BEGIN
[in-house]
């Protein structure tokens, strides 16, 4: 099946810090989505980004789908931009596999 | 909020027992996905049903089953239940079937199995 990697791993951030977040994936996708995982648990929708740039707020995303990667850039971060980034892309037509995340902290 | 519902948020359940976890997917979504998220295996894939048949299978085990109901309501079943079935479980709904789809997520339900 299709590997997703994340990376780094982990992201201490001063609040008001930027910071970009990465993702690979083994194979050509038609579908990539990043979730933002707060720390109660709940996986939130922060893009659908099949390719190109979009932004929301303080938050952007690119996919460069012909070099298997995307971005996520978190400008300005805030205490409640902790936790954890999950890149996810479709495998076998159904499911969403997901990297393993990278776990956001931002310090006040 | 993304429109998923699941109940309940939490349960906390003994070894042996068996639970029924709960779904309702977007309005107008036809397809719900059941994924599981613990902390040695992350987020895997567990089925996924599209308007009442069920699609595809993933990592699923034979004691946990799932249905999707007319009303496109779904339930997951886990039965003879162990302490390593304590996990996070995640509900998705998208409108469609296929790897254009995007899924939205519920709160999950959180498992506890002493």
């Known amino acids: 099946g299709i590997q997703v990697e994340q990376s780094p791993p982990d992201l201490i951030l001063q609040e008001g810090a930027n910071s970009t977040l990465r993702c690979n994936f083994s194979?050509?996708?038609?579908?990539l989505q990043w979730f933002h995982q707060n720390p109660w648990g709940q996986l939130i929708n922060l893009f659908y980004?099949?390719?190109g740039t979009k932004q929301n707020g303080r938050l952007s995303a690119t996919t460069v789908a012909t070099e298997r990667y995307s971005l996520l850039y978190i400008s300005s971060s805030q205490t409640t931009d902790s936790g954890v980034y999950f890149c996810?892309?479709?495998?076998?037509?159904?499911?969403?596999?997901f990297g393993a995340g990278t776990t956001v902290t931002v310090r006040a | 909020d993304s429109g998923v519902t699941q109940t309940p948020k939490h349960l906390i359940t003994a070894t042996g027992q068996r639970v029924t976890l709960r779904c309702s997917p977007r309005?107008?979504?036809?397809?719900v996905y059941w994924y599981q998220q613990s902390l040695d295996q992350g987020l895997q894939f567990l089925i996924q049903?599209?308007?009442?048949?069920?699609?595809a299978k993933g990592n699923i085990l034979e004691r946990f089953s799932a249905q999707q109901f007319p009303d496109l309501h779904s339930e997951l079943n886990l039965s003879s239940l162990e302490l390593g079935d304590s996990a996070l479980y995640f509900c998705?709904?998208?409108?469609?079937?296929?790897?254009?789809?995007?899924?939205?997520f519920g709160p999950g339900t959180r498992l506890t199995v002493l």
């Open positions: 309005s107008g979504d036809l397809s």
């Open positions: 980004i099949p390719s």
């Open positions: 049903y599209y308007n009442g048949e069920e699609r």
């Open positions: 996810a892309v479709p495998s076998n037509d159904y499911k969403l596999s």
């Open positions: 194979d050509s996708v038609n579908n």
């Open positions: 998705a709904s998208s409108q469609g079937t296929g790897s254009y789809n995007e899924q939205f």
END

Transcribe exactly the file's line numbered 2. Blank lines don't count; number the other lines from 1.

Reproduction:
């Protein structure tokens, strides 16, 4: 099946810090989505980004789908931009596999 | 909020027992996905049903089953239940079937199995 990697791993951030977040994936996708995982648990929708740039707020995303990667850039971060980034892309037509995340902290 | 519902948020359940976890997917979504998220295996894939048949299978085990109901309501079943079935479980709904789809997520339900 299709590997997703994340990376780094982990992201201490001063609040008001930027910071970009990465993702690979083994194979050509038609579908990539990043979730933002707060720390109660709940996986939130922060893009659908099949390719190109979009932004929301303080938050952007690119996919460069012909070099298997995307971005996520978190400008300005805030205490409640902790936790954890999950890149996810479709495998076998159904499911969403997901990297393993990278776990956001931002310090006040 | 993304429109998923699941109940309940939490349960906390003994070894042996068996639970029924709960779904309702977007309005107008036809397809719900059941994924599981613990902390040695992350987020895997567990089925996924599209308007009442069920699609595809993933990592699923034979004691946990799932249905999707007319009303496109779904339930997951886990039965003879162990302490390593304590996990996070995640509900998705998208409108469609296929790897254009995007899924939205519920709160999950959180498992506890002493």